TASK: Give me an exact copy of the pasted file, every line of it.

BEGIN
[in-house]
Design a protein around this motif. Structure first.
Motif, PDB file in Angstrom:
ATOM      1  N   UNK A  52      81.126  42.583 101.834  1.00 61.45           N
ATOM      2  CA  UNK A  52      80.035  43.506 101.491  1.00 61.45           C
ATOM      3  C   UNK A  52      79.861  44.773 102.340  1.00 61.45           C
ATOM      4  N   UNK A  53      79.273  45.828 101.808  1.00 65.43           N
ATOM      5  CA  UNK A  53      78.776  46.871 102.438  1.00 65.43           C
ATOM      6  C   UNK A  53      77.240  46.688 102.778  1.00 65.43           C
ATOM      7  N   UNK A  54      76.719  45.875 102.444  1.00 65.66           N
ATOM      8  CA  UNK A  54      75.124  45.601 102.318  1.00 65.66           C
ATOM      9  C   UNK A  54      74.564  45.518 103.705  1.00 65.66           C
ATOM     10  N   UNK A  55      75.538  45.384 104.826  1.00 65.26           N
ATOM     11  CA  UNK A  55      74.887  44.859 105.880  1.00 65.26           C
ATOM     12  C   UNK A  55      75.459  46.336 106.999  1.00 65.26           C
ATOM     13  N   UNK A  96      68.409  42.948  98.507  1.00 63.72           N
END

[in-house]
Design a protein around this motif. Structure first.
Motif, PDB file in Angstrom:
ATOM      1  N   UNK A  52      81.126  42.583 101.834  1.00 61.45           N
ATOM      2  CA  UNK A  52      80.035  43.506 101.491  1.00 61.45           C
ATOM      3  C   UNK A  52      79.861  44.773 102.340  1.00 61.45           C
ATOM      4  N   UNK A  53      79.273  45.828 101.808  1.00 65.43           N
ATOM      5  CA  UNK A  53      78.776  46.871 102.438  1.00 65.43           C
ATOM      6  C   UNK A  53      77.240  46.688 102.778  1.00 65.43           C
ATOM      7  N   UNK A  54      76.719  45.875 102.444  1.00 65.66           N
ATOM      8  CA  UNK A  54      75.124  45.601 102.318  1.00 65.66           C
ATOM      9  C   UNK A  54      74.564  45.518 103.705  1.00 65.66           C
ATOM     10  N   UNK A  55      75.538  45.384 104.826  1.00 65.26           N
ATOM     11  CA  UNK A  55      74.887  44.859 105.880  1.00 65.26           C
ATOM     12  C   UNK A  55      75.459  46.336 106.999  1.00 65.26           C
ATOM     13  N   UNK A  96      68.409  42.948  98.507  1.00 63.72           N